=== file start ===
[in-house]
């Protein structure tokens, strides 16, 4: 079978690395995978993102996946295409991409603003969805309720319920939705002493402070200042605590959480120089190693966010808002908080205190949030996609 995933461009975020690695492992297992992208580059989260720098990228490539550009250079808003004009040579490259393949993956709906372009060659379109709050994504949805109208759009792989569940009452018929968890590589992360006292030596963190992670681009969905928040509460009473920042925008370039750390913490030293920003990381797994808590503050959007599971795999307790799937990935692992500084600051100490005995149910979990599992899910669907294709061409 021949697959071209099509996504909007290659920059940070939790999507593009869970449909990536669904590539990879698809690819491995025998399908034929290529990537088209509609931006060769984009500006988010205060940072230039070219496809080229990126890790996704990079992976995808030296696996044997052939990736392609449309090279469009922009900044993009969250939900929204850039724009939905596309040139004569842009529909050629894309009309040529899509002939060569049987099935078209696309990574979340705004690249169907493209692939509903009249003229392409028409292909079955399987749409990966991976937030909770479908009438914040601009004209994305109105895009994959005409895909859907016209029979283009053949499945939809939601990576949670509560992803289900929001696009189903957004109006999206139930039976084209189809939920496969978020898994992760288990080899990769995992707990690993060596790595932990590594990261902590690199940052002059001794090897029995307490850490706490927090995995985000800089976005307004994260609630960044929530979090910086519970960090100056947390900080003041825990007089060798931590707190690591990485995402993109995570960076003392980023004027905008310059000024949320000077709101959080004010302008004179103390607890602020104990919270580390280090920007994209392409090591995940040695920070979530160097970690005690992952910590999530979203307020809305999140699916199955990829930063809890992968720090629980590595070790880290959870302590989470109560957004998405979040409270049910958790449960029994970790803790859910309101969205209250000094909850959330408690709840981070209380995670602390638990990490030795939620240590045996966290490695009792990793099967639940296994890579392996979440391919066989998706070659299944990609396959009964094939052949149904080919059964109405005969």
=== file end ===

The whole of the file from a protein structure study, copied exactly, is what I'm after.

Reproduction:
[in-house]
């Protein structure tokens, strides 16, 4: 079978690395995978993102996946295409991409603003969805309720319920939705002493402070200042605590959480120089190693966010808002908080205190949030996609 995933461009975020690695492992297992992208580059989260720098990228490539550009250079808003004009040579490259393949993956709906372009060659379109709050994504949805109208759009792989569940009452018929968890590589992360006292030596963190992670681009969905928040509460009473920042925008370039750390913490030293920003990381797994808590503050959007599971795999307790799937990935692992500084600051100490005995149910979990599992899910669907294709061409 021949697959071209099509996504909007290659920059940070939790999507593009869970449909990536669904590539990879698809690819491995025998399908034929290529990537088209509609931006060769984009500006988010205060940072230039070219496809080229990126890790996704990079992976995808030296696996044997052939990736392609449309090279469009922009900044993009969250939900929204850039724009939905596309040139004569842009529909050629894309009309040529899509002939060569049987099935078209696309990574979340705004690249169907493209692939509903009249003229392409028409292909079955399987749409990966991976937030909770479908009438914040601009004209994305109105895009994959005409895909859907016209029979283009053949499945939809939601990576949670509560992803289900929001696009189903957004109006999206139930039976084209189809939920496969978020898994992760288990080899990769995992707990690993060596790595932990590594990261902590690199940052002059001794090897029995307490850490706490927090995995985000800089976005307004994260609630960044929530979090910086519970960090100056947390900080003041825990007089060798931590707190690591990485995402993109995570960076003392980023004027905008310059000024949320000077709101959080004010302008004179103390607890602020104990919270580390280090920007994209392409090591995940040695920070979530160097970690005690992952910590999530979203307020809305999140699916199955990829930063809890992968720090629980590595070790880290959870302590989470109560957004998405979040409270049910958790449960029994970790803790859910309101969205209250000094909850959330408690709840981070209380995670602390638990990490030795939620240590045996966290490695009792990793099967639940296994890579392996979440391919066989998706070659299944990609396959009964094939052949149904080919059964109405005969």